In his first meeting with Congressional leaders, Mr. Trump made the outrageous claim that three to five million Americans illegally cast ballots in 2016 “for the other side.” To validate this falsehood, Trump later cited a known conspiracy theorist, pointed to the long-debunked urban myth of dead people voting, and cast suspicion on voters who are registered in multiple states — despite the fact that his own adviser Stephen Bannon, Treasury Secretary Steve Mnuchin, and even his youngest daughter Tiffany, are all on voter rolls in two places.
Now Trump has upped the anti-voter ante by calling for a major federal investigation into the 2016 elections, with a focus on results in states where he lost.
What has been lost is how Trump’s irresponsible claims have become a distraction from the imminent dangers this rhetoric poses to our democracy. While study after study show that Trump’s voter fraud is a myth, recent history shows that this type of misinformation campaign targeting our electorate is just the opening salvo of efforts to pass bad laws that make it more difficult for Americans to vote.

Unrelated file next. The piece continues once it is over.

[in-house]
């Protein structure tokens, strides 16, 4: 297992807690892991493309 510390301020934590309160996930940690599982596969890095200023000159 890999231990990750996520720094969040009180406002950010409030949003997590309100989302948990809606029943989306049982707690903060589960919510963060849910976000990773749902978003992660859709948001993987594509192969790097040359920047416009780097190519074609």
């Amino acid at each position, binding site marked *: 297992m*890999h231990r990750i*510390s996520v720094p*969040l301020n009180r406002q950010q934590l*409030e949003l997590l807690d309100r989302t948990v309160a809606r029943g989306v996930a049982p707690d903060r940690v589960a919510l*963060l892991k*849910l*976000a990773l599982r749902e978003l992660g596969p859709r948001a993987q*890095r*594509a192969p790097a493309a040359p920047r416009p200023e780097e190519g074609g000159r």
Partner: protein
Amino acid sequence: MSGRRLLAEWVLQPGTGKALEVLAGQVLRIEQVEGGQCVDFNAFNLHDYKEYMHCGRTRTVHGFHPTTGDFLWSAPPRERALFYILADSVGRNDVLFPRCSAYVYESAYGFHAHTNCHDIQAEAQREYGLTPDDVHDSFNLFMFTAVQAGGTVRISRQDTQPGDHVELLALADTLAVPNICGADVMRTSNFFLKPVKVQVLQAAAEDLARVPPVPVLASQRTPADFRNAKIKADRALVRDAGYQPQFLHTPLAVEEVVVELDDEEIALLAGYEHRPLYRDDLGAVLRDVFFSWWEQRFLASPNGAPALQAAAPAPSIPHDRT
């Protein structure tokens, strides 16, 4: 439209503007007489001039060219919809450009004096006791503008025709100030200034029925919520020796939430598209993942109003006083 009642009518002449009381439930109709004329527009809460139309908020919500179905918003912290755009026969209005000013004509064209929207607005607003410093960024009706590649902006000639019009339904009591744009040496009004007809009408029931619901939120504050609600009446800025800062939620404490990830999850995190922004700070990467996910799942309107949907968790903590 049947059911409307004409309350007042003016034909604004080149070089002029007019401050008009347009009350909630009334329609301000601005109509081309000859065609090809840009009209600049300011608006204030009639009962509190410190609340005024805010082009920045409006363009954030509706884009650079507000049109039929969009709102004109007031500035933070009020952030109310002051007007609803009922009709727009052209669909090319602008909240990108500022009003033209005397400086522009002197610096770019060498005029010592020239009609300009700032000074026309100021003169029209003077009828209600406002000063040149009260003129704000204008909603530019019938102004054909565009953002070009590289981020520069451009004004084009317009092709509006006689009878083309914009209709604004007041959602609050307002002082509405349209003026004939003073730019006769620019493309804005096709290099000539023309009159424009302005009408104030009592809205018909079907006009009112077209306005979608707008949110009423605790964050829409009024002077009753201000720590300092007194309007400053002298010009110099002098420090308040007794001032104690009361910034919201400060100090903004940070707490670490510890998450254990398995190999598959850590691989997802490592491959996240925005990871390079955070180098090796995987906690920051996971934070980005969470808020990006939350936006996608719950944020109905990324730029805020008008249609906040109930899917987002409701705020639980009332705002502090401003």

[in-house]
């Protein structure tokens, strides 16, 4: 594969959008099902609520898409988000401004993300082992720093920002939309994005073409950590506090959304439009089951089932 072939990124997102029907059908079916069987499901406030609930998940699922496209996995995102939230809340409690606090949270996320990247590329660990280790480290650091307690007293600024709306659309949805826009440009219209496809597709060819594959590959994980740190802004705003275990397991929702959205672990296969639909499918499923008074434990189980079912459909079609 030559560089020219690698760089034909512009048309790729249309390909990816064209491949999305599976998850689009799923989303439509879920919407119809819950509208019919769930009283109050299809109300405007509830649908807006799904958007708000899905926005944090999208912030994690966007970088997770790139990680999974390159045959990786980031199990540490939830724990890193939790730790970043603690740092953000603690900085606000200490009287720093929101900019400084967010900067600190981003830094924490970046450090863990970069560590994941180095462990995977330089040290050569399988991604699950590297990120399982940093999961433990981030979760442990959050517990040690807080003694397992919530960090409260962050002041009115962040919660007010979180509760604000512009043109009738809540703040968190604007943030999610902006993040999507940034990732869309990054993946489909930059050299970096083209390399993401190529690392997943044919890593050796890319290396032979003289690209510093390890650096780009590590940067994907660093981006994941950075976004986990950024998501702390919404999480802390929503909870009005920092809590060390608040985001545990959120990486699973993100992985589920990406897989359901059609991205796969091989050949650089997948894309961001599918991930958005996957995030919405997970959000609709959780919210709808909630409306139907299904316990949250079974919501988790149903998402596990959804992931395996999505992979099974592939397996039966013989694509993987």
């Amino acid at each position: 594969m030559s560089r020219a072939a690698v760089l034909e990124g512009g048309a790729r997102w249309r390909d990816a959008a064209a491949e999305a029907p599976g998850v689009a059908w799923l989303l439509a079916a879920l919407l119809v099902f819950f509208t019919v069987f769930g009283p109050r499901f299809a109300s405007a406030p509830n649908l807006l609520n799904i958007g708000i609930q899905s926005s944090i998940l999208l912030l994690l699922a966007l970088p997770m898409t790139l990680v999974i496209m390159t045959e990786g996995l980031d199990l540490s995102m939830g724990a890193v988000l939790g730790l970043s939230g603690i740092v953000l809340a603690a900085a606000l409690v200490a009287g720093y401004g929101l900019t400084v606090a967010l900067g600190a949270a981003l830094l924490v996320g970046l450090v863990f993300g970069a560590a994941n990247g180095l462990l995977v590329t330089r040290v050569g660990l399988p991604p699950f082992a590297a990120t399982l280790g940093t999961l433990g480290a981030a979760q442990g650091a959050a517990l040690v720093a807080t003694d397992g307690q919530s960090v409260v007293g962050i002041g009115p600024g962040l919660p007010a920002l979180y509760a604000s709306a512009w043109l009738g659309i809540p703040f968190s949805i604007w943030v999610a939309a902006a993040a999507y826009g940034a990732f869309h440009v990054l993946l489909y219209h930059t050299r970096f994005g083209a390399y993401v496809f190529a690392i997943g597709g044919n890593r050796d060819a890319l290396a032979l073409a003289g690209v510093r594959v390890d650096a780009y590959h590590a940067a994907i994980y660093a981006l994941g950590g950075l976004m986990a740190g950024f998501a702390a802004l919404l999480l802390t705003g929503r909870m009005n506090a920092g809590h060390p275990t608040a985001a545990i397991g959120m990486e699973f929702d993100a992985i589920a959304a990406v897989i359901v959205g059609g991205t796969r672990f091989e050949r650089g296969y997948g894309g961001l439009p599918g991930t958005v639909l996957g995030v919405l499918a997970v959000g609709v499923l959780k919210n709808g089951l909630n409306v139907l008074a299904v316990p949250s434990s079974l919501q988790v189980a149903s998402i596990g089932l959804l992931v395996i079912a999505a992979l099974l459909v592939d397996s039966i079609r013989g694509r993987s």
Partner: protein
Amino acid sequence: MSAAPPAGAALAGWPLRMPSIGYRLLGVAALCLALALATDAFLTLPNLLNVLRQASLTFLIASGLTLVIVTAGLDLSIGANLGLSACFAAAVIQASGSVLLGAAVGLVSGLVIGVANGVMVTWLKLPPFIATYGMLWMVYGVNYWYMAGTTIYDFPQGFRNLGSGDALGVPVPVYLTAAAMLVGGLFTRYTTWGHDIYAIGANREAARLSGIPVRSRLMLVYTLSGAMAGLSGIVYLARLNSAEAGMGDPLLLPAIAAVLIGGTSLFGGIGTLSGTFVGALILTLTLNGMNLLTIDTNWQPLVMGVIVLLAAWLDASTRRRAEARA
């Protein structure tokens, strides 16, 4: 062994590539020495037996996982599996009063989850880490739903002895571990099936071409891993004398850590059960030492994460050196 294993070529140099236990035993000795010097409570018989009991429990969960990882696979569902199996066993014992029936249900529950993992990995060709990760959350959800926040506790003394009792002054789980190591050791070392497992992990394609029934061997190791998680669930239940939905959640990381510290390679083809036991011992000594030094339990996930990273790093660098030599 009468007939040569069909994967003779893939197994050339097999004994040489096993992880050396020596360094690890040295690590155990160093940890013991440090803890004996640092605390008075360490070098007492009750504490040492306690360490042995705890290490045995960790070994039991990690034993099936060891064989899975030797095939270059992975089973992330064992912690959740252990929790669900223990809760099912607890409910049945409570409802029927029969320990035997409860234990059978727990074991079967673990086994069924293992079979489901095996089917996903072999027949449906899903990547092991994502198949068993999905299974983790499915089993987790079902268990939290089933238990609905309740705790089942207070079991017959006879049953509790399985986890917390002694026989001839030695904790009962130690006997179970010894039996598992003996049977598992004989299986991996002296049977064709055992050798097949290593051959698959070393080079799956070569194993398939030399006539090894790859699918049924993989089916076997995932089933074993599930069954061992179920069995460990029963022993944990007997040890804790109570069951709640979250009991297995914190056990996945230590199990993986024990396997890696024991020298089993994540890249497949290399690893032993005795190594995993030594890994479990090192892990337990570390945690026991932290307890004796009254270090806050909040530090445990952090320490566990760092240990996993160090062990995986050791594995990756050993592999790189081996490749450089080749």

One need only look to North Carolina for evidence. For the past five years, conservative lawmakers have used obfuscation and outright lies about the state’s voters to justify slashing popular Early Voting hours. Legislators have limited voter access to successful safety nets like Same-day Registration and Out-of-Precinct voting. and crafting more barriers to fair and open elections. In 2016, the state’s outgoing governor Pat McCrory launched his own election protests, targeting innocent people with poorly-researched accusations and, in the process, defaming dozens of voters.
Our election system remains at the heart of our democracy and must be defended. And North Carolina voters — who have become battle-tested from endless restrictions waged against them by politicians trying to keep them from the polls — are now going well beyond voting to encourage increased participation in the political process. They’re closely monitoring the state’s election systems and fighting to protect voting access and take the politics out of political maps, making sure people pick their representatives and not the other way around.
North Carolinians have seen first-hand how rampant voter suppression is the only real election fraud facing our country. It’s now up to voters to go beyond casting a ballot to fight back.
Find ways to get involved with the fight for democracy right now by visiting demnc.co/act.
Jen Jones is Communications Director for Democracy North Carolina.